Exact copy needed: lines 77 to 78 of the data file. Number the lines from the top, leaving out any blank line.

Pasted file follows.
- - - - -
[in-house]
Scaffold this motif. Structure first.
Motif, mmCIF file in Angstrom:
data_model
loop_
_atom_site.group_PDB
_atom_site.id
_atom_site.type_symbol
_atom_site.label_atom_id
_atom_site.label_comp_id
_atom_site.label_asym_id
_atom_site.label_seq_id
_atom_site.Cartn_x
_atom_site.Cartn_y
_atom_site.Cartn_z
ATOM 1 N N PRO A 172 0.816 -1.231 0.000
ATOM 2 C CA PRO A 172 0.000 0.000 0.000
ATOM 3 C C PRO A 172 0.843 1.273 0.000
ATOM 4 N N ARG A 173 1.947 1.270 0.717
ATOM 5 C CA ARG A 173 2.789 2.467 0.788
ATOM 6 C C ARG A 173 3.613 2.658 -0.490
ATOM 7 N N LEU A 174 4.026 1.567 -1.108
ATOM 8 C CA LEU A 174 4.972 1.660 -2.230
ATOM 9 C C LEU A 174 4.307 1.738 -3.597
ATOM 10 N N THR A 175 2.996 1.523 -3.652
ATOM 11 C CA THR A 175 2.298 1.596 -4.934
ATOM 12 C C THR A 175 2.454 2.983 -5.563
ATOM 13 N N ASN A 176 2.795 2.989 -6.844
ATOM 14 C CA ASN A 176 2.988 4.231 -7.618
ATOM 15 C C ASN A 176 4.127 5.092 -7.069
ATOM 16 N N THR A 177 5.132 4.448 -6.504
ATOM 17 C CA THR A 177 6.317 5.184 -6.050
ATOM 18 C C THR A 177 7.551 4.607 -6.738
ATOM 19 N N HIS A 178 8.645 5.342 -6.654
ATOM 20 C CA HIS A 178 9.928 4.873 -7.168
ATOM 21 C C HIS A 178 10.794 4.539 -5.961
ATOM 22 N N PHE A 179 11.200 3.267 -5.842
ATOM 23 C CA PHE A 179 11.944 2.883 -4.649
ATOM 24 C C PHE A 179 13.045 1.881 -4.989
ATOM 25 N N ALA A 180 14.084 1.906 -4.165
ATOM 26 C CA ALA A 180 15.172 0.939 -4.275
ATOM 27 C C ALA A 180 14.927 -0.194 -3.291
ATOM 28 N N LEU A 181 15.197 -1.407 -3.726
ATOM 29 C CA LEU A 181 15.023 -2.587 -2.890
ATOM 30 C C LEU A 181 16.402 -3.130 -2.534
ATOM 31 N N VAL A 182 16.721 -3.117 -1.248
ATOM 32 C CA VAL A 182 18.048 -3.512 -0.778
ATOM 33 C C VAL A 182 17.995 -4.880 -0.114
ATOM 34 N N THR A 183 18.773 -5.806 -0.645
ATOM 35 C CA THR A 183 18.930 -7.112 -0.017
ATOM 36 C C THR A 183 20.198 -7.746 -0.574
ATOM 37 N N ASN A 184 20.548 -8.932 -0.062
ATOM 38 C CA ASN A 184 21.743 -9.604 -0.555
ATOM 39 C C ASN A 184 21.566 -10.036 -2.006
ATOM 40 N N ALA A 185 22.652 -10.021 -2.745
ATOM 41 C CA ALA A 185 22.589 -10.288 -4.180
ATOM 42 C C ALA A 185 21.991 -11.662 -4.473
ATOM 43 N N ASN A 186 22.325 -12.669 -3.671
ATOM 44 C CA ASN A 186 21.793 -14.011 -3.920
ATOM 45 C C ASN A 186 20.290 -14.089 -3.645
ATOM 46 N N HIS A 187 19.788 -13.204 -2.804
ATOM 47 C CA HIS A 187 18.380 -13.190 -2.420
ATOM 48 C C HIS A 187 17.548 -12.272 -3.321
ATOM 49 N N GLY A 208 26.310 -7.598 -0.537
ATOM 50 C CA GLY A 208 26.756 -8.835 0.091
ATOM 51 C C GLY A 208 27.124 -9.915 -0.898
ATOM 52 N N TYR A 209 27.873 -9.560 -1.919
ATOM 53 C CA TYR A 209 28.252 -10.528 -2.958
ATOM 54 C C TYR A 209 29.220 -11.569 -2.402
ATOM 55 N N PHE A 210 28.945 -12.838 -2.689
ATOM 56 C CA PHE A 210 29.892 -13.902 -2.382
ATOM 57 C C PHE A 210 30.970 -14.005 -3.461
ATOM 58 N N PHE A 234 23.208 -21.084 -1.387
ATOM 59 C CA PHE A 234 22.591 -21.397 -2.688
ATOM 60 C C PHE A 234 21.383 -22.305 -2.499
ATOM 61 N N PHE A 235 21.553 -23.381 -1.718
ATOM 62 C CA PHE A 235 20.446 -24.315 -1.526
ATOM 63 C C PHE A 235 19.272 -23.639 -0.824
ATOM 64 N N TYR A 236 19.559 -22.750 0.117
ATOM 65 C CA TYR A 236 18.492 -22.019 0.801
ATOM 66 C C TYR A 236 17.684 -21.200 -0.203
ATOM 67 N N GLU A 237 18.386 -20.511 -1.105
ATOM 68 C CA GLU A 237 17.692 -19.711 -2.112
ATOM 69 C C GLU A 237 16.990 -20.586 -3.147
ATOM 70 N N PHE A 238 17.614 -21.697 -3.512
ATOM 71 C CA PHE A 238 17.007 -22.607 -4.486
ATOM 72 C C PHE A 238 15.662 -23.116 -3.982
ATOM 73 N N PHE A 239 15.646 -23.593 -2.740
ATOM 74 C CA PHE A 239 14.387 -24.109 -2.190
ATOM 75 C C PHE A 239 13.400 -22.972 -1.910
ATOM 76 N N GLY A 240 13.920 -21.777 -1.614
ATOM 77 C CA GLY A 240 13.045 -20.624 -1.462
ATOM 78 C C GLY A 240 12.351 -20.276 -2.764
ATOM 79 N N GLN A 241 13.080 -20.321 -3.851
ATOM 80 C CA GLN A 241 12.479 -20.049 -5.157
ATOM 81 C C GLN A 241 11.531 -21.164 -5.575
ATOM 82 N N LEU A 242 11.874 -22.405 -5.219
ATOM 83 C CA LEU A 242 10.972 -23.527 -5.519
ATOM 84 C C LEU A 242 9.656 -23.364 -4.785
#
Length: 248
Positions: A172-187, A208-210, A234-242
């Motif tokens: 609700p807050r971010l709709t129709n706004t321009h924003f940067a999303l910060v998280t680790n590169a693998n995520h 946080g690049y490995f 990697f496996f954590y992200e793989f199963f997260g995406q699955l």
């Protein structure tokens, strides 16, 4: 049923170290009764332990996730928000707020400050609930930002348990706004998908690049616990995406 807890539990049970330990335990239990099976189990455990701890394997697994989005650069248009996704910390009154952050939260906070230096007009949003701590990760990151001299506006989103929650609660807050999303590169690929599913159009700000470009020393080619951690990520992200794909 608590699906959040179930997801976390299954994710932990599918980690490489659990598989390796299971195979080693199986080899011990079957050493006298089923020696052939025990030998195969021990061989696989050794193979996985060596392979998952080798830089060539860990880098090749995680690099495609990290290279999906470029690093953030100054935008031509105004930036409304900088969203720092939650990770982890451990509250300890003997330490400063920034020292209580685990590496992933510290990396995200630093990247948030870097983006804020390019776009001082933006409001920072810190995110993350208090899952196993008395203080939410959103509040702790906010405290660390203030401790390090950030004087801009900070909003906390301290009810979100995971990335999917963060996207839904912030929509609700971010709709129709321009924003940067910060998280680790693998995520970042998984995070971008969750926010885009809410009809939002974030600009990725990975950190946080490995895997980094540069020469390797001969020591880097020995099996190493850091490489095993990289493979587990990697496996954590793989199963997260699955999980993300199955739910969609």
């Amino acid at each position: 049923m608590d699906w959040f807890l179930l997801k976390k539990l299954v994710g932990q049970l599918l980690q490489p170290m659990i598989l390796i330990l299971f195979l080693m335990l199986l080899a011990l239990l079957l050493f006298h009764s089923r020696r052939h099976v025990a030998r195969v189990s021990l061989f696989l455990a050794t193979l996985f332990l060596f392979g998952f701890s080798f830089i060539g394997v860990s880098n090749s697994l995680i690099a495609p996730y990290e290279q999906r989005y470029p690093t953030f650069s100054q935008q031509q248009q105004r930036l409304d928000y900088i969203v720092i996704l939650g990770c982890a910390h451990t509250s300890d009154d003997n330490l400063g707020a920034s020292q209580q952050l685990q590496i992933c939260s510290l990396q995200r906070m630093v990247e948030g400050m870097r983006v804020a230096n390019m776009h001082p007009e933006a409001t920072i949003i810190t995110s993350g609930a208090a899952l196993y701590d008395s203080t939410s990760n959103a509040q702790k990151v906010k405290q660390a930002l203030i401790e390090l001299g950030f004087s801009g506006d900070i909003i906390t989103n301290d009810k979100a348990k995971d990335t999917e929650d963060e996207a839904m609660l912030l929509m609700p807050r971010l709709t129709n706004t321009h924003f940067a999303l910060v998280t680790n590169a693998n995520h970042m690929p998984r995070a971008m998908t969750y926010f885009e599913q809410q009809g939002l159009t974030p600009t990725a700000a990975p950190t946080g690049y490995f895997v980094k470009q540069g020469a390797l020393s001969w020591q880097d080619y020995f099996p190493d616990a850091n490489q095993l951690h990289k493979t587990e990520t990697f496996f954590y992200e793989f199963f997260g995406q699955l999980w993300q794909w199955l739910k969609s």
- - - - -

ATOM 62 C CA PHE A 235 20.446 -24.315 -1.526
ATOM 63 C C PHE A 235 19.272 -23.639 -0.824